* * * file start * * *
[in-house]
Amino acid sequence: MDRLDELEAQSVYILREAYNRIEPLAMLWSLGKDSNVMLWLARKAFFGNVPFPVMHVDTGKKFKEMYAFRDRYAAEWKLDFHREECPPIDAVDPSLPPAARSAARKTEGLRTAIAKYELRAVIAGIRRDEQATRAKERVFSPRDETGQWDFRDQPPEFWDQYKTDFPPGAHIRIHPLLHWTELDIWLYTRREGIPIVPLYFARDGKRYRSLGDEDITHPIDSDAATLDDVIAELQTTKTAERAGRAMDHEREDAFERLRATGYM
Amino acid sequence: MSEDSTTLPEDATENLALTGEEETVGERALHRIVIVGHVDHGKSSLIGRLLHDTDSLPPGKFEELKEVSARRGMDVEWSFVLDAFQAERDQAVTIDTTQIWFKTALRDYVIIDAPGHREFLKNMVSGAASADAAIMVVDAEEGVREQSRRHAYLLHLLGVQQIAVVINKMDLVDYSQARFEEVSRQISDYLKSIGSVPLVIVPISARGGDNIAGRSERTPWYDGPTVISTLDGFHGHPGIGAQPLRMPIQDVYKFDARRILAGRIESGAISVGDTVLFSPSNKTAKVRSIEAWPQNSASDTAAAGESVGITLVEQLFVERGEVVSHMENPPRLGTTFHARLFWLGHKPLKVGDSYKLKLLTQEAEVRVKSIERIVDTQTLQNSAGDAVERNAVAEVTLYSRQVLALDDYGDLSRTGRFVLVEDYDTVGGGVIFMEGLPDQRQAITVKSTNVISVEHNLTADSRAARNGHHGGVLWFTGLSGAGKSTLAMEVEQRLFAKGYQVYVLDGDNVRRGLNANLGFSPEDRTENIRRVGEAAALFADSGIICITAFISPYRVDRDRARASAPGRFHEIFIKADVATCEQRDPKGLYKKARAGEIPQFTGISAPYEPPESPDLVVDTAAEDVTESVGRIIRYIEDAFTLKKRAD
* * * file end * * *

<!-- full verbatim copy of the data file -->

[in-house]
Amino acid sequence: MDRLDELEAQSVYILREAYNRIEPLAMLWSLGKDSNVMLWLARKAFFGNVPFPVMHVDTGKKFKEMYAFRDRYAAEWKLDFHREECPPIDAVDPSLPPAARSAARKTEGLRTAIAKYELRAVIAGIRRDEQATRAKERVFSPRDETGQWDFRDQPPEFWDQYKTDFPPGAHIRIHPLLHWTELDIWLYTRREGIPIVPLYFARDGKRYRSLGDEDITHPIDSDAATLDDVIAELQTTKTAERAGRAMDHEREDAFERLRATGYM
Amino acid sequence: MSEDSTTLPEDATENLALTGEEETVGERALHRIVIVGHVDHGKSSLIGRLLHDTDSLPPGKFEELKEVSARRGMDVEWSFVLDAFQAERDQAVTIDTTQIWFKTALRDYVIIDAPGHREFLKNMVSGAASADAAIMVVDAEEGVREQSRRHAYLLHLLGVQQIAVVINKMDLVDYSQARFEEVSRQISDYLKSIGSVPLVIVPISARGGDNIAGRSERTPWYDGPTVISTLDGFHGHPGIGAQPLRMPIQDVYKFDARRILAGRIESGAISVGDTVLFSPSNKTAKVRSIEAWPQNSASDTAAAGESVGITLVEQLFVERGEVVSHMENPPRLGTTFHARLFWLGHKPLKVGDSYKLKLLTQEAEVRVKSIERIVDTQTLQNSAGDAVERNAVAEVTLYSRQVLALDDYGDLSRTGRFVLVEDYDTVGGGVIFMEGLPDQRQAITVKSTNVISVEHNLTADSRAARNGHHGGVLWFTGLSGAGKSTLAMEVEQRLFAKGYQVYVLDGDNVRRGLNANLGFSPEDRTENIRRVGEAAALFADSGIICITAFISPYRVDRDRARASAPGRFHEIFIKADVATCEQRDPKGLYKKARAGEIPQFTGISAPYEPPESPDLVVDTAAEDVTESVGRIIRYIEDAFTLKKRAD